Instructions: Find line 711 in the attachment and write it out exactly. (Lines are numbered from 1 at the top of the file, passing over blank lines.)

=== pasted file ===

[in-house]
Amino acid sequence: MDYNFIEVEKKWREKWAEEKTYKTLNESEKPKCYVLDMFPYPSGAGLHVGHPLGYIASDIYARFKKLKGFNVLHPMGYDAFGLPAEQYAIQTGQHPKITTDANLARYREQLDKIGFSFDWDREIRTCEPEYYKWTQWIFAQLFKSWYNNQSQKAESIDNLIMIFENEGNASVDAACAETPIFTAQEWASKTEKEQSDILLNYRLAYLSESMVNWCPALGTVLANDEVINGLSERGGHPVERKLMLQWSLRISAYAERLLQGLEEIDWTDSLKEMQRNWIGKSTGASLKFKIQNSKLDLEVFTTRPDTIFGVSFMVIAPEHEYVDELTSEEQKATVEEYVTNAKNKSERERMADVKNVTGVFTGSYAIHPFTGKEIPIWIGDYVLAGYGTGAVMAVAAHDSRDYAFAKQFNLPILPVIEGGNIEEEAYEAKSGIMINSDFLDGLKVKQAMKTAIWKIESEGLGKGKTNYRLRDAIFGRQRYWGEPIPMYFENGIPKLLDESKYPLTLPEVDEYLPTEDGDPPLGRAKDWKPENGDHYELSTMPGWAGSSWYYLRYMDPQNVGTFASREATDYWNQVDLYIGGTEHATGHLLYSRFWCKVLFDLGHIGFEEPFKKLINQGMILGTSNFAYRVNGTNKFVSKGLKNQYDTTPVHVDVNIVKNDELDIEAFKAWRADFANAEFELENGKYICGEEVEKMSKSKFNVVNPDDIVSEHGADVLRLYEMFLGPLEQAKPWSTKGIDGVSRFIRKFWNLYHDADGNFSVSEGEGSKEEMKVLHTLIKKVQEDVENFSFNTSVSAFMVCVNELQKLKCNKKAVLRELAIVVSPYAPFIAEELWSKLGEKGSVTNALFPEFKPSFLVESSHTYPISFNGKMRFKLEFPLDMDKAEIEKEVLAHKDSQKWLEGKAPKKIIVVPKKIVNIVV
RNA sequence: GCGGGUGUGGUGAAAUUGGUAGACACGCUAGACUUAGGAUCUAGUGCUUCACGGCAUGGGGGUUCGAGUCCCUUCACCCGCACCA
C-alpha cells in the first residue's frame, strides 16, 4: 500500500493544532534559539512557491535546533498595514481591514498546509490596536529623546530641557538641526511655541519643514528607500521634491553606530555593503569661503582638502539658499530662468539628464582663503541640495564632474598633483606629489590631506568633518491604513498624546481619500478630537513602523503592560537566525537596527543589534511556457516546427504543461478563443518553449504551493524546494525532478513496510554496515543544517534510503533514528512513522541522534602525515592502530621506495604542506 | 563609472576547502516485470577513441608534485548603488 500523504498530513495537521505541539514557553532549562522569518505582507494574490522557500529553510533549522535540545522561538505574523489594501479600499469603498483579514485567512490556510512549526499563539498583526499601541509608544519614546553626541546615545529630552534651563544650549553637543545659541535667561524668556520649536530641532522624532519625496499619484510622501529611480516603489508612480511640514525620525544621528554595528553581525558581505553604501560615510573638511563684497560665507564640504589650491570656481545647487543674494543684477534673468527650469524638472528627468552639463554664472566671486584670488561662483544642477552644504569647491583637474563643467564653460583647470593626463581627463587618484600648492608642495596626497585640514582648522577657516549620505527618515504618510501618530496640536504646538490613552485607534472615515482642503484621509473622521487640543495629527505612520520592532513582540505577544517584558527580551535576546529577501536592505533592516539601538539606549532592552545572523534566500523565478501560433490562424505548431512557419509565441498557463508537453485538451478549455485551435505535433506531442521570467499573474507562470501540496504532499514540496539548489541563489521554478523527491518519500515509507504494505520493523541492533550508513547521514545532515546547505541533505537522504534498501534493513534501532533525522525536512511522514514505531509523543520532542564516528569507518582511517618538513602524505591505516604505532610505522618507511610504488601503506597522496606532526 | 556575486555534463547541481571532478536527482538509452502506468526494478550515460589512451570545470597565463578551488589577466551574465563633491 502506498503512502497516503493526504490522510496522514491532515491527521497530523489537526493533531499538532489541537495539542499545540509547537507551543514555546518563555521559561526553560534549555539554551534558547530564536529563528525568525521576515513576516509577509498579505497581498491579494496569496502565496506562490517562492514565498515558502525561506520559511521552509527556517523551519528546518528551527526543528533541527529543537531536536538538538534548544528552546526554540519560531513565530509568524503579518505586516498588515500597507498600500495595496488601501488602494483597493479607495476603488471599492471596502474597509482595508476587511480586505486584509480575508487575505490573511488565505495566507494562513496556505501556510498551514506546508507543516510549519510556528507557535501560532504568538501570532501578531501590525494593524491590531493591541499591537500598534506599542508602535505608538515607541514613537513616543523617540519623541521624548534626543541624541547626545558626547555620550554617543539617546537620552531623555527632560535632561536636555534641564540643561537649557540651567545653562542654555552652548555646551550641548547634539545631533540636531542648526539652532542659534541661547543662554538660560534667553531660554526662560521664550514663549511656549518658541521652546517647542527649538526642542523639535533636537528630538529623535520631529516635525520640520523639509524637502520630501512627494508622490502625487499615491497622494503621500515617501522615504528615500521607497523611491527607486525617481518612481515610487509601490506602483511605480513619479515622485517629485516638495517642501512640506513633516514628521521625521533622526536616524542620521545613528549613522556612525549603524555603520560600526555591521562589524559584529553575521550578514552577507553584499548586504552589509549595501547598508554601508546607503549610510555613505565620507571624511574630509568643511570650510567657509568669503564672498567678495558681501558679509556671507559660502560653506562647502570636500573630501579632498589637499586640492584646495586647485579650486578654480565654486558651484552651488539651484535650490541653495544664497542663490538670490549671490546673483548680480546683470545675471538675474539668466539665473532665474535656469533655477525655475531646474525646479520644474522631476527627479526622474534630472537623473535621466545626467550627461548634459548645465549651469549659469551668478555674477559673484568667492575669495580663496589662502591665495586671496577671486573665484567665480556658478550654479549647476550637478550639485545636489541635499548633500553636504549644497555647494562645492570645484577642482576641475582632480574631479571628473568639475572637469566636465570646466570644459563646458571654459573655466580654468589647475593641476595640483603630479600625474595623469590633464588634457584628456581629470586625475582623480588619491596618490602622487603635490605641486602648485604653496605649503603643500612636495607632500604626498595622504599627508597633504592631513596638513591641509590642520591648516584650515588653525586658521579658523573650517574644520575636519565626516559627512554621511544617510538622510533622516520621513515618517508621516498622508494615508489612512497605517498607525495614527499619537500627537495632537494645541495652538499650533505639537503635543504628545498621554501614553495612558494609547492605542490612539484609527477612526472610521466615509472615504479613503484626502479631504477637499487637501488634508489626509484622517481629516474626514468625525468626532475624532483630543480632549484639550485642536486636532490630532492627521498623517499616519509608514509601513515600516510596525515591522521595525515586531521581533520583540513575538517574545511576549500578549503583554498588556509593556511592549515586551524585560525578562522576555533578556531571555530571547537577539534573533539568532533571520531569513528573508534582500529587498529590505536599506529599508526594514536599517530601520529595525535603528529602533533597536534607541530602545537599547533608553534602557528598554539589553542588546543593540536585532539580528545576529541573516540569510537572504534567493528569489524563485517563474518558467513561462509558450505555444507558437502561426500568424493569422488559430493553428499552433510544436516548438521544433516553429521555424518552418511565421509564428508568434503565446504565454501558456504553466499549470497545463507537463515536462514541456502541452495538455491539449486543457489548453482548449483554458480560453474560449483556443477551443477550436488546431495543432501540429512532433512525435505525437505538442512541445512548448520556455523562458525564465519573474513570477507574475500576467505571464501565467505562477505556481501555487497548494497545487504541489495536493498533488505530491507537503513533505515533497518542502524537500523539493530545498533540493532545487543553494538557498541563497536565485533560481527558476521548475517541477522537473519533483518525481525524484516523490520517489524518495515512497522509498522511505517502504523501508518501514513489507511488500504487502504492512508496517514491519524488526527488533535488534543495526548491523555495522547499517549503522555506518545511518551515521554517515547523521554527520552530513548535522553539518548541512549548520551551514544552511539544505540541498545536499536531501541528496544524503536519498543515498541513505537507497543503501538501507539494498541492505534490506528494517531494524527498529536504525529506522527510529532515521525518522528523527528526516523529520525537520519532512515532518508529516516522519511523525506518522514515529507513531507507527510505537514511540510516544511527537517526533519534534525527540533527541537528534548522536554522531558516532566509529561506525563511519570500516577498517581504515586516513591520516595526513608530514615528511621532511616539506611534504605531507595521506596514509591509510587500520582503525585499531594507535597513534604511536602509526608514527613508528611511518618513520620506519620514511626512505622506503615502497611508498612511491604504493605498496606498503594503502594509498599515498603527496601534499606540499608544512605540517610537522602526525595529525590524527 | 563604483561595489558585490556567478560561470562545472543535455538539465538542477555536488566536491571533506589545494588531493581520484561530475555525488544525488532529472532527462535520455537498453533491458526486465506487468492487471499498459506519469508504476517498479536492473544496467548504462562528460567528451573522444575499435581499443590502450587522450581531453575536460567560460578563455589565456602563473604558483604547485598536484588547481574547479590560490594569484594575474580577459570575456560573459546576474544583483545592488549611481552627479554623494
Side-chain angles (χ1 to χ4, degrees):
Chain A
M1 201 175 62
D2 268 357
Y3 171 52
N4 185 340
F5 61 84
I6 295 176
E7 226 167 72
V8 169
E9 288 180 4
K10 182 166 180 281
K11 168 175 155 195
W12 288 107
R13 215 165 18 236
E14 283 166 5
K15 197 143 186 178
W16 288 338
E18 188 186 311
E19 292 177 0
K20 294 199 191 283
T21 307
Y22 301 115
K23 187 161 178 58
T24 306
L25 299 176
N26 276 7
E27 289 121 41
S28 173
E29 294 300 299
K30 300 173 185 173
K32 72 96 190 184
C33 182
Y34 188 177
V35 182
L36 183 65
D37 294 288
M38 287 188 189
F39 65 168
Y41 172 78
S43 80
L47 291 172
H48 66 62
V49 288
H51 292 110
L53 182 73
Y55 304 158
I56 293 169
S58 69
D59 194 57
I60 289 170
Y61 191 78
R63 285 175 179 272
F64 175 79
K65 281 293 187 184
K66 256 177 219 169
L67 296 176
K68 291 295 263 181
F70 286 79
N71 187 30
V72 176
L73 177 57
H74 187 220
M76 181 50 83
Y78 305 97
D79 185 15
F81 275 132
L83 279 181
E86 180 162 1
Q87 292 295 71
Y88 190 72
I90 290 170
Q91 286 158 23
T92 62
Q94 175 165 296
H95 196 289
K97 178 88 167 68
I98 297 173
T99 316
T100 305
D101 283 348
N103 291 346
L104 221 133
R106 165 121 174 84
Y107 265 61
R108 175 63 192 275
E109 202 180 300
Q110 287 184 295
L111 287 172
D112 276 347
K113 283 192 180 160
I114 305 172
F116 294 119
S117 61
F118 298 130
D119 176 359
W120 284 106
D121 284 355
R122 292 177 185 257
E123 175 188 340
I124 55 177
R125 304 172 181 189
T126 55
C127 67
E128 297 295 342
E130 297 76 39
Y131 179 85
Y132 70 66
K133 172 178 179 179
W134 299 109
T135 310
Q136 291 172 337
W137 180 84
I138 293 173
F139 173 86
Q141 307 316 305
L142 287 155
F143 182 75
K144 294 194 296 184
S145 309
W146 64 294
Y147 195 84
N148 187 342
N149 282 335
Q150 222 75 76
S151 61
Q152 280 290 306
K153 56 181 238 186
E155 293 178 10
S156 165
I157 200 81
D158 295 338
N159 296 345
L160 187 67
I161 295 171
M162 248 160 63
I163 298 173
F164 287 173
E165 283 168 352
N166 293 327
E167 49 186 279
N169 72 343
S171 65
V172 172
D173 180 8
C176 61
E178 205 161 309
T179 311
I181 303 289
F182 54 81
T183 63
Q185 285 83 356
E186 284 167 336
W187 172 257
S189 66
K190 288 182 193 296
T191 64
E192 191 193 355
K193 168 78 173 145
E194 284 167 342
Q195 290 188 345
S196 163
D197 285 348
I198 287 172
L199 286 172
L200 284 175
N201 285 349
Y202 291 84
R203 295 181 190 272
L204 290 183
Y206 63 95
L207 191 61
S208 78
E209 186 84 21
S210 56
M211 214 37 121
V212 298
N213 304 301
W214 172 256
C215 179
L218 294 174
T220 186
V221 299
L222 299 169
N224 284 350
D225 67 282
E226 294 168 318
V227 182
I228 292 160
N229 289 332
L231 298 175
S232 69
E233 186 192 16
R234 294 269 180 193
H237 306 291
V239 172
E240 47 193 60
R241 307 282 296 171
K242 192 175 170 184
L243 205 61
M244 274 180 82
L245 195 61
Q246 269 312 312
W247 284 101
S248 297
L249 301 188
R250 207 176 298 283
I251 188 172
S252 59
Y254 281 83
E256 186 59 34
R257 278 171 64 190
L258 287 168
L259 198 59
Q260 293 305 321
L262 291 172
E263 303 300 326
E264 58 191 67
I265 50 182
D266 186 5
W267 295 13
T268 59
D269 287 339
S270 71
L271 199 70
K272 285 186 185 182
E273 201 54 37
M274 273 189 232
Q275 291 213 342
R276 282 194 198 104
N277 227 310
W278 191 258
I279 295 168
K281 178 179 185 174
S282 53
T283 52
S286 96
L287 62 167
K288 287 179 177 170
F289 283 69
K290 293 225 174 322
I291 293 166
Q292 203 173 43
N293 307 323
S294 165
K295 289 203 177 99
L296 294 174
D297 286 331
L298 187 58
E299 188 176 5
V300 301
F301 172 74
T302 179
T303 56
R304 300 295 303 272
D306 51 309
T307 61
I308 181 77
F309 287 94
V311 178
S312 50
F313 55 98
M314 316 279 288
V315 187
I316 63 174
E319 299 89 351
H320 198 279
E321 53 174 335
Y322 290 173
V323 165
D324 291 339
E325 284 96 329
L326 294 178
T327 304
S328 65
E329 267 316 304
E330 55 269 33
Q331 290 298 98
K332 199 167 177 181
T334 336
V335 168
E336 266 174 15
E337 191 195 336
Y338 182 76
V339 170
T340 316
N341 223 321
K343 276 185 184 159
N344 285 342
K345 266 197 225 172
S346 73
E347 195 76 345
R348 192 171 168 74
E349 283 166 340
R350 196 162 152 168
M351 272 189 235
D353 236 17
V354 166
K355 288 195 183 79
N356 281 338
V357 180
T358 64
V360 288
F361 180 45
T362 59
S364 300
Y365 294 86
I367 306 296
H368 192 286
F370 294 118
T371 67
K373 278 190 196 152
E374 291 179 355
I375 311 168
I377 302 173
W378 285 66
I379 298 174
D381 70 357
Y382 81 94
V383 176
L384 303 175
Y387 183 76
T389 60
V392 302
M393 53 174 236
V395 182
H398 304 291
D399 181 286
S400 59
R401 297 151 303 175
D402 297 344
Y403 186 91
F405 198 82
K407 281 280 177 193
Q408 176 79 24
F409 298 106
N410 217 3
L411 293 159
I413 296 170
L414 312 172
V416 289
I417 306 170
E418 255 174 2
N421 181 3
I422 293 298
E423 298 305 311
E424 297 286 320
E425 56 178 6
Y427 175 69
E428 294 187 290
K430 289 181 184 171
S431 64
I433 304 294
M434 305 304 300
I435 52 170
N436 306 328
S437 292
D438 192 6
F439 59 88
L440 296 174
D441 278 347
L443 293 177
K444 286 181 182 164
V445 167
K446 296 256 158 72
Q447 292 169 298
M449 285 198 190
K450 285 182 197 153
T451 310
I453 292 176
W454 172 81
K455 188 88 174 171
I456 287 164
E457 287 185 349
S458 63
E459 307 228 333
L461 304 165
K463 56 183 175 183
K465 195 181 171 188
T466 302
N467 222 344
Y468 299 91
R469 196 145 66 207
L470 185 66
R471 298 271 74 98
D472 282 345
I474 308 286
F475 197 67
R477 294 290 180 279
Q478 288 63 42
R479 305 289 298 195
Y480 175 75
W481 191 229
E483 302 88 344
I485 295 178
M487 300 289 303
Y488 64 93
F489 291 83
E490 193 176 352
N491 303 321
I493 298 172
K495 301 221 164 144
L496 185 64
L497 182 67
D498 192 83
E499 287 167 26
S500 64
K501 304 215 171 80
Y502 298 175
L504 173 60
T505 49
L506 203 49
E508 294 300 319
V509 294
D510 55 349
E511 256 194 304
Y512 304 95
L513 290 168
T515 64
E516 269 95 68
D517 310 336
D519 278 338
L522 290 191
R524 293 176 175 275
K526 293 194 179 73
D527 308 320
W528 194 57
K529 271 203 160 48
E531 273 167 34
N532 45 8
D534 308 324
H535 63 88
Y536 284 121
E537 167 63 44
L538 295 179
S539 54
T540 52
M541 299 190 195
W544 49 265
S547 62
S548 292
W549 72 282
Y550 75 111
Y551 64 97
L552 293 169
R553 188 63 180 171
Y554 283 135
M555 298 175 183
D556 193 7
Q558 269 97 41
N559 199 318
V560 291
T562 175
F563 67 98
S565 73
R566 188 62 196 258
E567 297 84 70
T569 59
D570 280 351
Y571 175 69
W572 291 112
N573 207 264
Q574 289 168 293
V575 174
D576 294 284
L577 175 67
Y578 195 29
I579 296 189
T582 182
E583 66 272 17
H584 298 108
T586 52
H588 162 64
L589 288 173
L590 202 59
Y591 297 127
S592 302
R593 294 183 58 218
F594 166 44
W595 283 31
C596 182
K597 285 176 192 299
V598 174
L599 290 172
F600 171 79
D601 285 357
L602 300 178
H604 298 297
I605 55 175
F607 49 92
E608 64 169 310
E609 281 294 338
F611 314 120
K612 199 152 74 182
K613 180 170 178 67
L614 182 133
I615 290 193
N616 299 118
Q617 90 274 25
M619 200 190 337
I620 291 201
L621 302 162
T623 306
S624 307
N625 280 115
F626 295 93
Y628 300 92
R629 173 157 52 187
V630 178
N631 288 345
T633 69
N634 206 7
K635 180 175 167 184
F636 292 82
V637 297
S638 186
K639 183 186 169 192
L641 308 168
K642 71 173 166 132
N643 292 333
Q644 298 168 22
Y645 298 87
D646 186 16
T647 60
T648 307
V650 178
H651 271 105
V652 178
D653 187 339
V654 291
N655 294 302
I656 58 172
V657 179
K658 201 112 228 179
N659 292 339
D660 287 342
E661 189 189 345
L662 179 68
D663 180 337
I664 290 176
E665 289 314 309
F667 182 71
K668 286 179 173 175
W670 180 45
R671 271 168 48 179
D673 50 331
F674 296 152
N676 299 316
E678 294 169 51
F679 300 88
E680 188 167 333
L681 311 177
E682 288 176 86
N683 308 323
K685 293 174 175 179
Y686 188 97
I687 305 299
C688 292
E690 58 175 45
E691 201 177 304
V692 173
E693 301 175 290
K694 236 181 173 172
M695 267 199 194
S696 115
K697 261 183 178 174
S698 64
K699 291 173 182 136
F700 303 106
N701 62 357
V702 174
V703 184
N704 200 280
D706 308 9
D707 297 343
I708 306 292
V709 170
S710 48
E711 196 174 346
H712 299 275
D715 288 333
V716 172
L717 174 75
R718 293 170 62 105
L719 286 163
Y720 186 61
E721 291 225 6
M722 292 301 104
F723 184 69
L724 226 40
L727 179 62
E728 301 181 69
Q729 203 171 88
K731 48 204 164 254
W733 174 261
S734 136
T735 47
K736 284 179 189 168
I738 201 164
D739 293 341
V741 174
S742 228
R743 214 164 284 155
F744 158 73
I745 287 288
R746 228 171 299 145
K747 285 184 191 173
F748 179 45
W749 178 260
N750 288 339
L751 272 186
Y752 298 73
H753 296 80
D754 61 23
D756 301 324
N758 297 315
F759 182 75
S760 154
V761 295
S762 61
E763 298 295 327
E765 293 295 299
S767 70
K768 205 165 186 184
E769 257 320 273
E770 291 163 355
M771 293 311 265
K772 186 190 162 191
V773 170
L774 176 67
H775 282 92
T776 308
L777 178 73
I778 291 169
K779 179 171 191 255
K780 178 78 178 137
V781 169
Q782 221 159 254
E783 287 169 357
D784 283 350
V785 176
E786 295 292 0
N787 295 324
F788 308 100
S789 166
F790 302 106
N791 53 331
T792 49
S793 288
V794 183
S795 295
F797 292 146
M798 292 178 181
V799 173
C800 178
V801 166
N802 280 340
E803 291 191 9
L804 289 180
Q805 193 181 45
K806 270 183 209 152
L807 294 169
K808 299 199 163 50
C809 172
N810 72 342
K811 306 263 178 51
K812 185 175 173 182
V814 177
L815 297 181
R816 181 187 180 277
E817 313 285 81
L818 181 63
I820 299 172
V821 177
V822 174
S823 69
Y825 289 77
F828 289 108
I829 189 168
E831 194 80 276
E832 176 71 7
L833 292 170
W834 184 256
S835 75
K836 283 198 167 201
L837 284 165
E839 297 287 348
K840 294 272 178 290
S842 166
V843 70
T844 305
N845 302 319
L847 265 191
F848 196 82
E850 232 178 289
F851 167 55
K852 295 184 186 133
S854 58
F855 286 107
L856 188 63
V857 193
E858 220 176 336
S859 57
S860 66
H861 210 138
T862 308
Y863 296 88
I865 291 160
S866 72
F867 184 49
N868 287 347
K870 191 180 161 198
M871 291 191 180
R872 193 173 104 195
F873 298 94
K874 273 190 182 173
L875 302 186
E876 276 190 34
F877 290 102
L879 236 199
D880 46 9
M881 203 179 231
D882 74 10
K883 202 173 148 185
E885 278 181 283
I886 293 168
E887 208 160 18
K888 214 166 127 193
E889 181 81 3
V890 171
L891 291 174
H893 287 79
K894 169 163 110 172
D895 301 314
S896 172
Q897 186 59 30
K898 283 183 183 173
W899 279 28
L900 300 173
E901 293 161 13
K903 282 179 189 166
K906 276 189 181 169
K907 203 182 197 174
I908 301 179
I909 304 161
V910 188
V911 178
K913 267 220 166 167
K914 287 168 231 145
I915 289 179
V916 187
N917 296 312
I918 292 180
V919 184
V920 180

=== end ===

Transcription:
Y863 296 88